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Drive-Thru Dispensaries: Cannabis Access In The Age Of COVID

by Staff

The concept of the drive-thru dispensary came onto the cannabis scene a few years ago in places like Colorado, Oregon, and Washington, but these past few months of pandemic living have launched more socially distant options for purchasing cannabis nationwide. 

In order to remain profitable, many businesses have been forced to get creative as COVID-19 ensures most of us stay at home for the unforeseeable future. As a result, dispensaries in legal states throughout the nation have begun offering drive-thru options to limit contact and exposure. 

“Once COVID hit and lockdown happened, we shut our lobby down completely for a month and a half and only offered drive-thru services. COVID has definitely increased drive-thru popularity, but our main purpose has always been to offer convenience for those who are elderly, disabled, or want discretion when it comes to purchasing cannabis,” said Michael Miller, Manager of The Honeypot Shop in Norman, Oklahoma in an interview with Green Flower.

While California has been at the forefront of cannabis legalization, the first drive-thru didn’t appear until late 2019. However, a few more have opened since the start of 2020, including the Cannabis Cafe in West Hollywood, Leave it to Nature in Shasta Lake, and Harborside Cannabis Drive-Thru in Desert Hot Springs. 

The Cannabis Cafe was groundbreaking enough when it opened in October 2019 as a food spot that also sold cannabis, but was quickly forced to shut down amidst the coronavirus outbreak in early 2020. 

Out of necessity, the cafe became the first food and cannabis drive-thru in the state. “The city gave us temporary permission to operate as a medical and recreational dispensary until the emergency order ends,” co-founder Courtney Zalewski told the LA Times. “This allows us to sell cannabis alongside our full food menu in an In-N-Out drive-thru-like system.”

Maryland has also seen great strides in cannabis availability since the start of the pandemic. While recreational use is still illegal, the state’s medical dispensaries are beginning to transfer over to drive-thrus. 

Mana Supply Co. in Edgewater was the first dispensary to make the transition — they already had the drive-thru window they didn’t know they’d need. While the owners saw the usefulness and accessibility behind a drive-thru option, it wasn’t legal to do so until COVID-19. 

Allegany Medical Marijuana Dispensary in Cumberland is close behind — they are currently getting things ready in order to service customers via window once it’s approved from a safety perspective.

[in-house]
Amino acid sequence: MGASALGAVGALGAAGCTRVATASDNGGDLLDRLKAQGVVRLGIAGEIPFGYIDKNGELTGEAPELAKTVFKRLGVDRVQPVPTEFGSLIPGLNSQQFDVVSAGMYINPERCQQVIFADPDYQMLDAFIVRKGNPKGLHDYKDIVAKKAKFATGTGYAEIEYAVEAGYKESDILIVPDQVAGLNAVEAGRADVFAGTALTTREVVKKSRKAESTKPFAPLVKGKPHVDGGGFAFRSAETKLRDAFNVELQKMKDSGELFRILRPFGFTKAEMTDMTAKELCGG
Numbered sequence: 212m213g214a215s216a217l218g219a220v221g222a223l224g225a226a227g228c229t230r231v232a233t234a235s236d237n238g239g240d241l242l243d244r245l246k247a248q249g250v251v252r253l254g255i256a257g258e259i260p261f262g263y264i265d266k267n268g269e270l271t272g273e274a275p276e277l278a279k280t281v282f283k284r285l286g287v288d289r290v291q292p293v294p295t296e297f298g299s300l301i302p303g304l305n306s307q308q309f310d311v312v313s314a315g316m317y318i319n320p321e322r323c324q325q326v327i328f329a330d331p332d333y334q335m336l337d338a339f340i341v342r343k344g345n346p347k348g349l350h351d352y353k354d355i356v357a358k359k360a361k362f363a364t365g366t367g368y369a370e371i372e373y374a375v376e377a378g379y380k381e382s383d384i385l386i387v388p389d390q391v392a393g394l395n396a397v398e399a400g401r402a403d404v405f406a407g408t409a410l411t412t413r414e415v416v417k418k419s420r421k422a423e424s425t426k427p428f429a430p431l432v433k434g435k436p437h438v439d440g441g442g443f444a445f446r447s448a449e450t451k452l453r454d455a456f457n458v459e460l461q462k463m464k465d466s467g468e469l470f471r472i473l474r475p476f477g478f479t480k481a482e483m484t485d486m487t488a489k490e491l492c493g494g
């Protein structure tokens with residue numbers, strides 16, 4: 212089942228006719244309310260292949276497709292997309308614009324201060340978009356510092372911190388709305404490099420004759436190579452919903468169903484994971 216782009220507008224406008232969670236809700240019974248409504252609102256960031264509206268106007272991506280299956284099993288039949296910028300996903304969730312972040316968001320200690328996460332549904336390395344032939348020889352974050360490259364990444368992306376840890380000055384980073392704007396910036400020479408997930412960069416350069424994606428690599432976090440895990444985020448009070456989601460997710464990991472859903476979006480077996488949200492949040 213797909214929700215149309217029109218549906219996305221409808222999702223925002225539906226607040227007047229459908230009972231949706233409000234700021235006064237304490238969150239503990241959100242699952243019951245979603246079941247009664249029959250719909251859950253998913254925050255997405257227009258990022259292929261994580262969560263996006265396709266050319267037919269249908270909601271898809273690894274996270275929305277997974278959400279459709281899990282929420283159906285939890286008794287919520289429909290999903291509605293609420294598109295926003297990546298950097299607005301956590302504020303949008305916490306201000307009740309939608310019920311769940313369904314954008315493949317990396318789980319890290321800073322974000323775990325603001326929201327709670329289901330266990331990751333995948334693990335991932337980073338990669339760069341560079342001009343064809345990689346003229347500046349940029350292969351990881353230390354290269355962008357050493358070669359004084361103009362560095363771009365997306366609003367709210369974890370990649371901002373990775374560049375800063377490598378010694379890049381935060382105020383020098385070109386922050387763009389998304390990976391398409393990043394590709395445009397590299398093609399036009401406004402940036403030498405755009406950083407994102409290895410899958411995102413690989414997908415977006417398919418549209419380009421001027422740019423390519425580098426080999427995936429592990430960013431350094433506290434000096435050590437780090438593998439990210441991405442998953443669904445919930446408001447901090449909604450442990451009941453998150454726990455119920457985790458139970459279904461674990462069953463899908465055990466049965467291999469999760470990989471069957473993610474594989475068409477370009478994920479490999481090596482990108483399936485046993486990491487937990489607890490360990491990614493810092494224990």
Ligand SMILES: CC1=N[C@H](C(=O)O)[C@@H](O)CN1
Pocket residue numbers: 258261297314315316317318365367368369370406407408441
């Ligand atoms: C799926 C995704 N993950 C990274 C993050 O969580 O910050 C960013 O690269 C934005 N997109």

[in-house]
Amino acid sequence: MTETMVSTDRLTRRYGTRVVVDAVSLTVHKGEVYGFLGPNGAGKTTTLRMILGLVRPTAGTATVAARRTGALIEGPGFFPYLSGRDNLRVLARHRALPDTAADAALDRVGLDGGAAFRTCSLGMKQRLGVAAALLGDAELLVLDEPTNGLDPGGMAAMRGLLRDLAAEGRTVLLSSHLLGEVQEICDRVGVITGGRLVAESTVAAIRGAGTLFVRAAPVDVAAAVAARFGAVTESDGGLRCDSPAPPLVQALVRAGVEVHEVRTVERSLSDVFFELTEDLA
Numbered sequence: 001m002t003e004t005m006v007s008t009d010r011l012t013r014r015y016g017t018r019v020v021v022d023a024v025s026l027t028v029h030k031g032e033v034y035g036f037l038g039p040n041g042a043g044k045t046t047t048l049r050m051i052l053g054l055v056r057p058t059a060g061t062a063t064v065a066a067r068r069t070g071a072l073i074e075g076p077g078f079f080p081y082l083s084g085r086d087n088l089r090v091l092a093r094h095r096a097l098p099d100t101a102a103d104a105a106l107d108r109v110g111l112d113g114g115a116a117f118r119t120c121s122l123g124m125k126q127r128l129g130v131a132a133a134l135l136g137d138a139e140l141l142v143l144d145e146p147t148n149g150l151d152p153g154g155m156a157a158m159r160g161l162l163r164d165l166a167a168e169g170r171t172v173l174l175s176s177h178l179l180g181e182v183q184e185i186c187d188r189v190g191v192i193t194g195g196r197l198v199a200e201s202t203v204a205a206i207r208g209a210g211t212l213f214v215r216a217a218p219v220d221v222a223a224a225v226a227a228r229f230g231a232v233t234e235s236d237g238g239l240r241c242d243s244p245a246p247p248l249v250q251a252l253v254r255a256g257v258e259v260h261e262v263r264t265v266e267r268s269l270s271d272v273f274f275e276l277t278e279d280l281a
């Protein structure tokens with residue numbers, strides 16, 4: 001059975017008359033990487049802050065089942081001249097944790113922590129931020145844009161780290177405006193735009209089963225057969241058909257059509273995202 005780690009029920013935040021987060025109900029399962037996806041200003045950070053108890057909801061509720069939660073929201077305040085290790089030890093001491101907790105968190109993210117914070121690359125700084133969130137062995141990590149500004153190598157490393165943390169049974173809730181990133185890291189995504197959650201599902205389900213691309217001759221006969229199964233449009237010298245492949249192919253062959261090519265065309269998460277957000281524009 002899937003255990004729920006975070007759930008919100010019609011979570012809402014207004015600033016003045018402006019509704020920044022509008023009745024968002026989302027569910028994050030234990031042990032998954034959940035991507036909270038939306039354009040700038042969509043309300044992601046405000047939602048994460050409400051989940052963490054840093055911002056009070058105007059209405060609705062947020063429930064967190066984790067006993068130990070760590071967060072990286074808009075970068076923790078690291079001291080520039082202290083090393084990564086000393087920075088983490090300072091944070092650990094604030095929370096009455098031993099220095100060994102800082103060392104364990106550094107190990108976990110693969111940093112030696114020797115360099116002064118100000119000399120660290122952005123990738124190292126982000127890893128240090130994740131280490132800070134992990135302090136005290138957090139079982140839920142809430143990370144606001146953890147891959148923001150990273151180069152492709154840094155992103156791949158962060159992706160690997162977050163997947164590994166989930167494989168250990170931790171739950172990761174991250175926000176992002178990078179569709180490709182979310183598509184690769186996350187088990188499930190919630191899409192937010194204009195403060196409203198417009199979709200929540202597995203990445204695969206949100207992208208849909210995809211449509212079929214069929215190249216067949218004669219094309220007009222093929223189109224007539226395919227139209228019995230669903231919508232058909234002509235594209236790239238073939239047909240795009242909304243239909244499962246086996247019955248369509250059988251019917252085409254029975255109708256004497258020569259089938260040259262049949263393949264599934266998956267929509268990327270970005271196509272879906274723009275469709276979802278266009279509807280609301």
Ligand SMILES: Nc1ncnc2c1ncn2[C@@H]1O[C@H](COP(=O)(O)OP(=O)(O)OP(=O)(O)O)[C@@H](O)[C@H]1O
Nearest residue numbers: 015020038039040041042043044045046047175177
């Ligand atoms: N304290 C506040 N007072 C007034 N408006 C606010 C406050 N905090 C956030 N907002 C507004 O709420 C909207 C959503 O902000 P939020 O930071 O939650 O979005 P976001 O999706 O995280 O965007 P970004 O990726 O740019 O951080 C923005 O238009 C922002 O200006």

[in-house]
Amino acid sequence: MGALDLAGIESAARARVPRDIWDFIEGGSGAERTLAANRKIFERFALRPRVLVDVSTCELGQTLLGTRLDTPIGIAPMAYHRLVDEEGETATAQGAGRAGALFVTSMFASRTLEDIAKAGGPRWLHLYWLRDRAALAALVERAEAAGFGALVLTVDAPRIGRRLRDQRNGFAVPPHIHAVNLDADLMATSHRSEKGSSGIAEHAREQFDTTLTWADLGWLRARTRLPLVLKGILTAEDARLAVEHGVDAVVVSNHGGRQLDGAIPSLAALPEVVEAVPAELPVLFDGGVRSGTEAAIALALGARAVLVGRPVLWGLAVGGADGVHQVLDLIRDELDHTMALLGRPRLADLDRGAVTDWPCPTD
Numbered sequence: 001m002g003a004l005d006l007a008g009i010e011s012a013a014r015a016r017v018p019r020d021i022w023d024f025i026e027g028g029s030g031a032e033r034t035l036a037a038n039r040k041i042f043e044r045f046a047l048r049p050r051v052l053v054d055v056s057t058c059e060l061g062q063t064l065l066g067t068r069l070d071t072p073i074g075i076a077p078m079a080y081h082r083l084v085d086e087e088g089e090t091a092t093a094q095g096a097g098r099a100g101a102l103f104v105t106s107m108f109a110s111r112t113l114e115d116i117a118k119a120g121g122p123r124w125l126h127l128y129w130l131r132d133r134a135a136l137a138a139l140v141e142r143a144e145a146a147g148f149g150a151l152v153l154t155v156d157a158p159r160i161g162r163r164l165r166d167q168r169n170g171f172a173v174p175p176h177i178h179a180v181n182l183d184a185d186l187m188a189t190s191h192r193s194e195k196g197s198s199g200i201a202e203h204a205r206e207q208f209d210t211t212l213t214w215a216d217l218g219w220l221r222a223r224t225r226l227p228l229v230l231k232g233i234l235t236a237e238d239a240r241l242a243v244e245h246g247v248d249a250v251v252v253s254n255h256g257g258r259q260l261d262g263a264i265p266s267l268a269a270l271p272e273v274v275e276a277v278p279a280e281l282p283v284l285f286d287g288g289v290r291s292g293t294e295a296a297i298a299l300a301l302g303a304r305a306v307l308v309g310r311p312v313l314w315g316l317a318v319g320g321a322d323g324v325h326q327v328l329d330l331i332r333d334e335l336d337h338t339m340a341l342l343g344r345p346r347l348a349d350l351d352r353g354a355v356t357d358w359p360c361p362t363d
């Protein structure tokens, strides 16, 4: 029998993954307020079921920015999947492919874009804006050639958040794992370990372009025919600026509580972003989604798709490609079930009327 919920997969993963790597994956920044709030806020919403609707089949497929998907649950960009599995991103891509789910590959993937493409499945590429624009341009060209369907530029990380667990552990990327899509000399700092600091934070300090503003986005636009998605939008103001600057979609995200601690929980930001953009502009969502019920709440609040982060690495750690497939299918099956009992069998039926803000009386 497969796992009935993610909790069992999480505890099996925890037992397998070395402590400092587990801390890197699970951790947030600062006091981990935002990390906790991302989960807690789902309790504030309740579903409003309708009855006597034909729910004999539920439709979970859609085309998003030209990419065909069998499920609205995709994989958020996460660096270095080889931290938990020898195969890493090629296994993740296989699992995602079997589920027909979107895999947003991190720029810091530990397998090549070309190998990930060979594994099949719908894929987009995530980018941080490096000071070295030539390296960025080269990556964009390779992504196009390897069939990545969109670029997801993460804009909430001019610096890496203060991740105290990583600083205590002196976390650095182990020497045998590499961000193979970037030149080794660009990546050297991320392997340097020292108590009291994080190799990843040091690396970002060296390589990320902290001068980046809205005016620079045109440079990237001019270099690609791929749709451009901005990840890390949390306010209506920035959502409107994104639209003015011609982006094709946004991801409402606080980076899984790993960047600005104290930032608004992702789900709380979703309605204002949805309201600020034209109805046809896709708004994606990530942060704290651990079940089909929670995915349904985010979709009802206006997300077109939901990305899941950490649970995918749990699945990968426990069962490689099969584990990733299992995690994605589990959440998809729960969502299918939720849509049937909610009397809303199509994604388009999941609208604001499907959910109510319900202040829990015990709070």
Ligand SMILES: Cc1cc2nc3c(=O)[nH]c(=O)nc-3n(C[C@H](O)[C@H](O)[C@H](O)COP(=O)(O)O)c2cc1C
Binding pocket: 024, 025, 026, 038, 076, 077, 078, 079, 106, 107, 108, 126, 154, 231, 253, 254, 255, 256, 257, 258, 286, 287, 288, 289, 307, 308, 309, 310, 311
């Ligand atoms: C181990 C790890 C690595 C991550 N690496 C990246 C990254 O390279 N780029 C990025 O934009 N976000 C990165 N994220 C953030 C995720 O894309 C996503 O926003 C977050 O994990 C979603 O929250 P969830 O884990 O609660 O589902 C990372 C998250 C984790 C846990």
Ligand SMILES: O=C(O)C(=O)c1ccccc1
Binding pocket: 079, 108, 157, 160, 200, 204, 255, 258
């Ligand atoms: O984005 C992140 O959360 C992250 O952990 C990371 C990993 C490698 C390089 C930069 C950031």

Pennsylvania, another medical state, has taken things a step further. Once Governor Tom Wolf declared cannabis “essential business” at the start of the pandemic, temporary changes were needed to cater to patients. 

The state has softened the process for obtaining a medical license — it can now be done via phone or video conference rather than in person. Additionally, many dispensaries have implemented online ordering, a debit card system, and curbside pickup. They’ve also begun to allow home deliveries, and the Apothecarium dispensary in Plymouth Meeting has opened the state’s first drive-thru. 

Dispensaries in Oklahoma are now offering drive-thru service for their medical patients as well. Native Harvest and the Honeypot Shop, both in Norman, have seen success from the safe and health-conscious purchasing options. 

“Most drive-thrus that you see are going to be a sliding glass window, so you still have that person-to-person interaction,” Miller said in an interview with the Express-Star. “Ours is actually a bulletproof glass with a sliding drawer like a bank, which has been really big for us because of COVID-19.”

Progress has also been made in Utah, where cannabis is medically legal. A pharmacy (one of the state’s three) in Ogden opened its first cannabis drive-thru to fill prescriptions. 

The most recent state to hop on the drive-thru bandwagon is Michigan. Compassionate Care by Design in Kalamazoo is officially open for drive-thru business, the first in Southwest Michigan. The purpose is to provide customers with safety, security, and convenience during these confusing times. 

COVID-19 has certainly forced a lot of change in the way people do business, which is of course an opportunity waiting to be seized. The increase in drive-thru availability suggests there may be room for a more streamlined process when it comes to purchasing cannabis from now on. 

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